* Europe looking at how to exploit its shale gas reserves
* EU gas prices around four times higher than in the U.S.
* EU also debates single energy market, efficiency
By Barbara Lewis and Peter Griffiths
BRUSSELS, May 22 European leaders discussed the
region's reserves of shale gas at a summit on Wednesday, but the
prospect of the continent enjoying a U.S.-style shale boom that
drastically cuts energy costs remains elusive.
Arriving at the summit, British Prime Minister David
Cameron, whose government is advancing plans to exploit his
country's shale gas deposits, said Europe could not afford to be
left behind as the world scrambles to develop the resource.
He drew a comparison with the United States, where years of
extraction, using a much-criticised process of hydraulic
'fracking', has delivered record-low gas prices for consumers.
"We mustn't be left behind in the global race," Cameron told
reporters. "Europe has 75 percent of the United States's shale
resources, but America is drilling 100 times faster than
For the European Union, there is no broad-based agreement on
how shale gas should be developed, with some of the EU's 27
member states completely opposed to any exploration, others in
two minds and a few fully committed to it.
At the same time, the European Commission says environmental
standards must be maintained, and potential investors in shale
gas have to consider Europe's more complex land-ownership and
mineral extraction laws.
Other issues include the greater depth of EU shale gas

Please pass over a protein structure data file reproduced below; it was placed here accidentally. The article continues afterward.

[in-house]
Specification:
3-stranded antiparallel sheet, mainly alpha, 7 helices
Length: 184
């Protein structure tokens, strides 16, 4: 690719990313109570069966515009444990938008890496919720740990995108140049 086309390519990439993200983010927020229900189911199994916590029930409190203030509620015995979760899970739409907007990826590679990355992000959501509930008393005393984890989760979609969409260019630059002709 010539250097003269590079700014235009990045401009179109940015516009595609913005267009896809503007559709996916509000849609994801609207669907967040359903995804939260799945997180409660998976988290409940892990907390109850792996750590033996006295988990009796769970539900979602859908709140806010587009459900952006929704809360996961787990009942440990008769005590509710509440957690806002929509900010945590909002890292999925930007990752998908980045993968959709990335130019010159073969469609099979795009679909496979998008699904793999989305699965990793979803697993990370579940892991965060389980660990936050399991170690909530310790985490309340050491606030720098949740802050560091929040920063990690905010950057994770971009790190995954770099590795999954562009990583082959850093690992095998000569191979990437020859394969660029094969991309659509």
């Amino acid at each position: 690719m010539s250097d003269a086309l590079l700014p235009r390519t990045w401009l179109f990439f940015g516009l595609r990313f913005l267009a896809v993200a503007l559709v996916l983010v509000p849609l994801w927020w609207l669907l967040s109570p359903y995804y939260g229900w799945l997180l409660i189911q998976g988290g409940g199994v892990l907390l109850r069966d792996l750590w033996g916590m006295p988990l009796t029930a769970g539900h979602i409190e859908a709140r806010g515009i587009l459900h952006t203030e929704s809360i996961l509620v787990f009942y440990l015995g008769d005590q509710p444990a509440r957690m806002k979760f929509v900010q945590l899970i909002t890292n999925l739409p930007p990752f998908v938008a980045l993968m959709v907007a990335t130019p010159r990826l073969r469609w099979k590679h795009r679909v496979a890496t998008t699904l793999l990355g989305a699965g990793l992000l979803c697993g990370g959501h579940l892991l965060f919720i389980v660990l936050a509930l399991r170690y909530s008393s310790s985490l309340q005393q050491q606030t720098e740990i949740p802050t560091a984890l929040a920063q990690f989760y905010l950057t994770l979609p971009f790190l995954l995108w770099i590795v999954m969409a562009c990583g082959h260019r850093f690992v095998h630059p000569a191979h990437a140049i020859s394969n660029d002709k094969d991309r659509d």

reserves compared with the United States, which can increase
drilling costs by a factor of three, analysts say.
Of EU nations, the eastern states of Poland and Lithuania
are among the keenest to cut their reliance on imports of
natural gas from Russia by developing shale gas of their own or
importing it in liquid form from the United States.
While gas prices in the European Union are roughly four
times higher than in the United States, analysts say U.S.
prices will inevitably rise as production costs can exceed
income from the gas.
Rex Tillerson, CEO of the largest U.S. natural gas producer,
Exxon Mobil Corp, said: "We are all losing our shirts
today," when talking about natural gas prices, a comment that
hints at the double-edged nature of the asset.
European Council President Herman Van Rompuy said Europe
needed to tap all resources, but it was up to individual member
states to make their own energy choices.
"Yes, this includes shale gas which could become part of the
energy mix for some member states, perhaps less for others," Van
Rompuy said. "Soon Europe could be the only continent to still
depend on imported energy. Households feel the weight of high
prices, industry finds it hard to compete with foreign firms."
Apart from shale gas, summit documents also focus on
completing the single European energy market.
In theory, better cross-border connections can help to lower
prices and increase security of supply, but more than half a
century after the founding of the European Union, the single
energy market is still incomplete.
For many, shale gas is far more unrealistic. Green
politicians and environmental campaigners say it is a dangerous
distraction from the pursuit of carbon-free energy and energy
efficiency, which they say is the best way to free the European
Union from expensive fossil fuel imports.
(Additional reporting by Ethan Bilby, Adrian Croft, Martin
Santa; editing by James Jukwey)